Video | Agriculture | Confidence | Economy | Energy | Employment | Finance | Media | Property | RBNZ | Science | SOEs | Tax | Technology | Telecoms | Tourism | Transport | Search


OCR unchanged at 6.50 per cent

OCR unchanged at 6.50 per cent

The Reserve Bank has left the OCR unchanged at 6.50 per cent.

Speaking at the release of the Reserve Bank's December 2004 Monetary Policy Statement, Reserve Bank Governor Alan Bollard said "As indicated in our October Review, we continue to expect that the current policy position will achieve inflation between 1 and 3 per cent on average over the medium term. This outlook assumes that significant pipeline effects from past interest and exchange rate increases will eventuate and act to further constrain the economy over the period ahead.

"Since the last review, overall economic indicators have continued to surprise on the upside. As a result, we have revised upwards our GDP estimates for the second half of 2004 and pushed out our expected timing of the economic slowdown. But the slowdown is still expected in 2005. The easing in house sales, residential building consents and net immigration remain in line with our earlier projections. Reinforcing this outlook is a weakening exports picture, based on softer world growth and the constraining effects of the strong NZ dollar.

"Inflation is projected to rise close to 3 per cent before easing back later in 2006. The risks to the inflation outlook are two-sided. On the upside there is clearly a risk that the current momentum in household demand will hold up longer than expected. Rising wage and salary pressures also present an upside inflation risk given the current labour market tightness. On the downside there is the possibility of more exaggerated movements in the US dollar and US interest rates, leading to a stronger New Zealand TWI, weaker exports and less inflation pressure.

"The tightening in monetary policy over the past year currently looks sufficient to keep medium term inflation pressures in check. However, with inflation expected to remain toward the top of the 1 to 3 per cent target band over the medium term, there is little headroom to absorb stronger than expected inflation pressures. If such pressures emerge, a further policy tightening cannot be ruled out. Further, the current outlook offers little scope for an easing in policy in the foreseeable future. We will continue to assess inflation pressures carefully as the economic data come to hand."

© Scoop Media

Business Headlines | Sci-Tech Headlines


Postnatal Depression: 'The Thief That Steals Motherhood' - Alison McCulloch

Post-natal depression is a sly and cruel illness, described by one expert as ‘the thief that steals motherhood’, it creeps up on its victims, hiding behind the stress and exhaustion of being a new parent, catching many women unaware and unprepared. More>>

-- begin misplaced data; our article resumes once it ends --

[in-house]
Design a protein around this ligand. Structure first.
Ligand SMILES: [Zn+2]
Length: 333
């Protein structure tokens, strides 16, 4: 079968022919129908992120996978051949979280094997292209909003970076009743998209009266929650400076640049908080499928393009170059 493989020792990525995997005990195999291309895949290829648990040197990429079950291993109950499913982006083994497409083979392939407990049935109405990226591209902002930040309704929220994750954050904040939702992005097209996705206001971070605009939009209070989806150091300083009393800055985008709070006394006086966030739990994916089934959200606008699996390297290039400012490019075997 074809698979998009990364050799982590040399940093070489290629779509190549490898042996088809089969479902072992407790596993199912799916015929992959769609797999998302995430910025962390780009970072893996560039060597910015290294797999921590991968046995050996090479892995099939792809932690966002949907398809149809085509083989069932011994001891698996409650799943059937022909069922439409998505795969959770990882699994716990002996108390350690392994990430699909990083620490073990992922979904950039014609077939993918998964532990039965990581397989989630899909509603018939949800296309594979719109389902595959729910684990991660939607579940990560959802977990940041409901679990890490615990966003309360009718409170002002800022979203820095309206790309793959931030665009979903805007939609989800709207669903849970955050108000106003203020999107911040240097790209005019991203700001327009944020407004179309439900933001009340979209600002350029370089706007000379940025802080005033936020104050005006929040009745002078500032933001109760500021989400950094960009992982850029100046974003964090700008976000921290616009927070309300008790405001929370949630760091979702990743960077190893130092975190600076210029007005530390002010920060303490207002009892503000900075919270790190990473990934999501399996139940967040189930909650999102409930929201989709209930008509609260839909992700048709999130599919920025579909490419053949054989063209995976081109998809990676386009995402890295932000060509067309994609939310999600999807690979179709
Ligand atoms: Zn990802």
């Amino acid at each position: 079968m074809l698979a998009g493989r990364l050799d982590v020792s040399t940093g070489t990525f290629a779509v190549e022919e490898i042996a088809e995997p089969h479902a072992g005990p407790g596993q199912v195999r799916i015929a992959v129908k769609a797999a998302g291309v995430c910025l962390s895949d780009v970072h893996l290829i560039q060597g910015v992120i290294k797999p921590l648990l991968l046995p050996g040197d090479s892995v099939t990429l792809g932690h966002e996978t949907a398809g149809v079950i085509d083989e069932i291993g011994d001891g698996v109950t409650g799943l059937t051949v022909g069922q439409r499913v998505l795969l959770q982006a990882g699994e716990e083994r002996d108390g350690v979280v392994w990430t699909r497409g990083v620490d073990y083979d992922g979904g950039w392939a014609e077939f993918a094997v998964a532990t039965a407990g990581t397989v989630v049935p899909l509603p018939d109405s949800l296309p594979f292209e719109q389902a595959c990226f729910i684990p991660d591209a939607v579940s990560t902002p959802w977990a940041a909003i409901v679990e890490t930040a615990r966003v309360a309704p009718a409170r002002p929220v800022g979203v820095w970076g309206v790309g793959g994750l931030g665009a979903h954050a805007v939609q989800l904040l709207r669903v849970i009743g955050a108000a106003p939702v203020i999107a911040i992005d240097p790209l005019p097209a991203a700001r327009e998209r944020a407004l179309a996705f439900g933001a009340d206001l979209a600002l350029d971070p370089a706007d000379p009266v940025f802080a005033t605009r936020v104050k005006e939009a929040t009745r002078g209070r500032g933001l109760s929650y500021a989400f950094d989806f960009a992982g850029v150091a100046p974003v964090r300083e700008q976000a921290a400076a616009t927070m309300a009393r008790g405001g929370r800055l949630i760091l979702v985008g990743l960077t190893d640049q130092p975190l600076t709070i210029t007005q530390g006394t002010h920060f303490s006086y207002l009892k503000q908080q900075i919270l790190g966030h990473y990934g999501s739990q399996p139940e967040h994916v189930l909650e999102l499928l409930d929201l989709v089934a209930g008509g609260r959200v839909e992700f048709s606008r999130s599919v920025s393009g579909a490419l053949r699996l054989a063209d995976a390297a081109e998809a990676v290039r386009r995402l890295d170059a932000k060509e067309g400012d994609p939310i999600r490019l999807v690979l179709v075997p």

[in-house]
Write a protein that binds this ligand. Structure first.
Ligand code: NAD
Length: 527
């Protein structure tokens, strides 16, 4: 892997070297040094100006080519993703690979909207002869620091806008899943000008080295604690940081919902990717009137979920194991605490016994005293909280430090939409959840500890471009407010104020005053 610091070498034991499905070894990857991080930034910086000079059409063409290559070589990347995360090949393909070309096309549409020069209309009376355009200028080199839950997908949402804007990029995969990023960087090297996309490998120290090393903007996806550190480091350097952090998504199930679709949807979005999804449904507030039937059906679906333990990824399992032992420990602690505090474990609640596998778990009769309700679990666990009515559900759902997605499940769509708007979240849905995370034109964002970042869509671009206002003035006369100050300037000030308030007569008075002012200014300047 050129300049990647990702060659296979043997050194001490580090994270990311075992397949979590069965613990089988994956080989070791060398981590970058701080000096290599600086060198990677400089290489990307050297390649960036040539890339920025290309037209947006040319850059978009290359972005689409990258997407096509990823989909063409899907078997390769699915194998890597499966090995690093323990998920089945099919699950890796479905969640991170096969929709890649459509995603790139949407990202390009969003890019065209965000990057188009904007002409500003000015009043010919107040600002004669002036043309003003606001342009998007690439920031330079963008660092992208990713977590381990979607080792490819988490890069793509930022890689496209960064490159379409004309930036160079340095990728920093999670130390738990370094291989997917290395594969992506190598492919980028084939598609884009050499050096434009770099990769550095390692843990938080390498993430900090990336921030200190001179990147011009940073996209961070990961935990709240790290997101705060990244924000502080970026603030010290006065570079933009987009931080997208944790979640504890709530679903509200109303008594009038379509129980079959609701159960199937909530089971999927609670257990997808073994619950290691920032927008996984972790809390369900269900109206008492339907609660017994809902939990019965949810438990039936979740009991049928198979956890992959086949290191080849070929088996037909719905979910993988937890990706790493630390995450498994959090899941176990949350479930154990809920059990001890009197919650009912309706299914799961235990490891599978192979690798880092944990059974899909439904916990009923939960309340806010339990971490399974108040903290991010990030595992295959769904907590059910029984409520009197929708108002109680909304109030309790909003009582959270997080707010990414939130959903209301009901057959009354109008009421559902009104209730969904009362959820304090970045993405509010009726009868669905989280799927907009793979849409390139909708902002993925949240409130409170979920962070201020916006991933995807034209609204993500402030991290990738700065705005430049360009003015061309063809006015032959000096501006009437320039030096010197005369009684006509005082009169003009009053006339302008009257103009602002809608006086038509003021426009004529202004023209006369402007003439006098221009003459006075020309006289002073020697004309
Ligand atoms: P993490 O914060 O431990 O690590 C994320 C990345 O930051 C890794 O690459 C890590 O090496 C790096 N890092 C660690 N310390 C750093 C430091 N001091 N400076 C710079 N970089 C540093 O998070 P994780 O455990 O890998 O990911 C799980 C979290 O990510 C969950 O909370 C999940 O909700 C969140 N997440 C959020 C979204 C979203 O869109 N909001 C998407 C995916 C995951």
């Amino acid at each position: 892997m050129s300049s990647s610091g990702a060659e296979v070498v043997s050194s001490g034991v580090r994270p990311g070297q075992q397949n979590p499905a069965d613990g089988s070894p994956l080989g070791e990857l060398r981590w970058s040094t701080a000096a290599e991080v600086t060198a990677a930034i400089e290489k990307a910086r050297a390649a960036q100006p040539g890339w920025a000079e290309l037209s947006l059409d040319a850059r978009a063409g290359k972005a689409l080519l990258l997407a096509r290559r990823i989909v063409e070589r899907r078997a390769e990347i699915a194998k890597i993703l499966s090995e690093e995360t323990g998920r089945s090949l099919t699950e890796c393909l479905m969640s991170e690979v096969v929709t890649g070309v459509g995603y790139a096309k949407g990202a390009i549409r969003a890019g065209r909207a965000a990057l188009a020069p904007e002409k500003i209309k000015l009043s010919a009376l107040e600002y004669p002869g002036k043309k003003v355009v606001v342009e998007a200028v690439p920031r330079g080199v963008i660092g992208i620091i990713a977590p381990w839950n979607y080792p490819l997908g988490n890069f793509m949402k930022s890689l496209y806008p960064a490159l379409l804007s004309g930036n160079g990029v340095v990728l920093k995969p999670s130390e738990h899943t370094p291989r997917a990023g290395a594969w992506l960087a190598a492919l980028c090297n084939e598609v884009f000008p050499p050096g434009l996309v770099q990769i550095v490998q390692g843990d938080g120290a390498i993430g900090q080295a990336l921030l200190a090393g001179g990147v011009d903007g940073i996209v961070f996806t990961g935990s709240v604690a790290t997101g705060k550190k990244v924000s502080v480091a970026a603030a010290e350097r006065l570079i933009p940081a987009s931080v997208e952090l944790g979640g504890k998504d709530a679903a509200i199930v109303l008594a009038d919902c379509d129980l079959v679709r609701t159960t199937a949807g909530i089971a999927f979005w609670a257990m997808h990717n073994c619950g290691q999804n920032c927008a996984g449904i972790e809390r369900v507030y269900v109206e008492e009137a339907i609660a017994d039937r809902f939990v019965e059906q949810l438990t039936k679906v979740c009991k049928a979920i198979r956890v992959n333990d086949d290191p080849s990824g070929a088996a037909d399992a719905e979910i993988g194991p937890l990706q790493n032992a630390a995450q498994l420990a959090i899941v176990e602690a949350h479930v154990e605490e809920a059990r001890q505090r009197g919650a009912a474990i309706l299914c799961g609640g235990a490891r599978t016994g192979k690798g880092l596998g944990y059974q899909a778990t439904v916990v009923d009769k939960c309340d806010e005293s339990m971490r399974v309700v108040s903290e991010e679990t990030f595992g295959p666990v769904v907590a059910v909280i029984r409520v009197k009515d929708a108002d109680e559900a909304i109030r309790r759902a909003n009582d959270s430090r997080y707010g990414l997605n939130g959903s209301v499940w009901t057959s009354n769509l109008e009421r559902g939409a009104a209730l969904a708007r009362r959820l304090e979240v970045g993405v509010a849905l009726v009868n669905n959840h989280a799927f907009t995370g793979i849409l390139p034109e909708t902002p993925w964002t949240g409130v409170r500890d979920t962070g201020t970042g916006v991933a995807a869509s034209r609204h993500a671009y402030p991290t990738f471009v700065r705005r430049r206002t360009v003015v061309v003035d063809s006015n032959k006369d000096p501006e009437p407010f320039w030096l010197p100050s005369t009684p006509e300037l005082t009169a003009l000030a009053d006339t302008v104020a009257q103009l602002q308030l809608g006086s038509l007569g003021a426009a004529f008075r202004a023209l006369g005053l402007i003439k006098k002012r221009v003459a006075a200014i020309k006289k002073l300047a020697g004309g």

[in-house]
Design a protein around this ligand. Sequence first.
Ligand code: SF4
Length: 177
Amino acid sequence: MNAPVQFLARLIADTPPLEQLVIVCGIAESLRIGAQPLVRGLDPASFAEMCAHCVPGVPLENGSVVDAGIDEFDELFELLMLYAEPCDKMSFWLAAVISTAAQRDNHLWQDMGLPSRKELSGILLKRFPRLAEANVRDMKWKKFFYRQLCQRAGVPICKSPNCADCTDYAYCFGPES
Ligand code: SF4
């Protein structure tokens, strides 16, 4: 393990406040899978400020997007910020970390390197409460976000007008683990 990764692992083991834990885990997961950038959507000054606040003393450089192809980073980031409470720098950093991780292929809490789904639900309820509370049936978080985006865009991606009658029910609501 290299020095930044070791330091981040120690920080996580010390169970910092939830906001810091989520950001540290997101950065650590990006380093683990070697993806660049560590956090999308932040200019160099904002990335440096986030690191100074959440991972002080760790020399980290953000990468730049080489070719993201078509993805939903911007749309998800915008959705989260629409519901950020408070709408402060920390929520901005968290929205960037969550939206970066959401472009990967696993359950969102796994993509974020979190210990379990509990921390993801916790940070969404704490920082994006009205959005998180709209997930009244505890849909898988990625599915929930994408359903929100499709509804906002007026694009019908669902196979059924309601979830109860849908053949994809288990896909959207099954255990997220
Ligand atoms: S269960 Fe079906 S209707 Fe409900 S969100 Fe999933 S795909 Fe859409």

DIY: Kiwi Ingenuity And Masking Tape Saves Chick

Kiwi ingenuity and masking tape has saved a Kiwi chick after its egg was badly damaged endangering the chick's life. The egg was delivered to Kiwi Encounter at Rainbow Springs in Rotorua 14 days ago by a DOC worker with a large hole in its shell and against all odds has just successfully hatched. More>>


Trade: Key To Lead Mission To India; ASEAN FTA Review Announced

Prime Minister John Key will lead a trade delegation to India next week, saying the pursuit of a free trade agreement with the protectionist giant is "the primary reason we're going" but playing down the likelihood of early progress. More>>



MYOB: Digital Signatures Go Live

From today, Inland Revenue will begin accepting “digital signatures”, saving businesses and their accountants a huge amount of administration time and further reducing the need for pen and paper in the workplace. More>>

Oil Searches: Norway's Statoil Quits Reinga Basin

Statoil, the Norwegian state-owned oil company, has given up oil and gas exploration in Northland's Reinga Basin, saying the probably of a find was 'too low'. More>>


Modern Living: Auckland Development Blowouts Reminiscent Of Run Up To GFC

The collapse of property developments in Auckland is "almost groundhog day" to the run-up of the global financial crisis in 2007/2008 as banks refuse to fund projects due to blowouts in construction and labour costs, says John Kensington, the author of KPMG's Financial Institutions Performance Survey. More>>


Health: New Zealand's First ‘No Sugary Drinks’ Logo Unveiled

New Zealand’s first “no sugary drinks logo” has been unveiled at an event in Wellington... It will empower communities around New Zealand to lift their health and wellbeing and send a clear message about the damage caused by too much sugar in our diets. More>>


Get More From Scoop

Search Scoop  
Powered by Vodafone
NZ independent news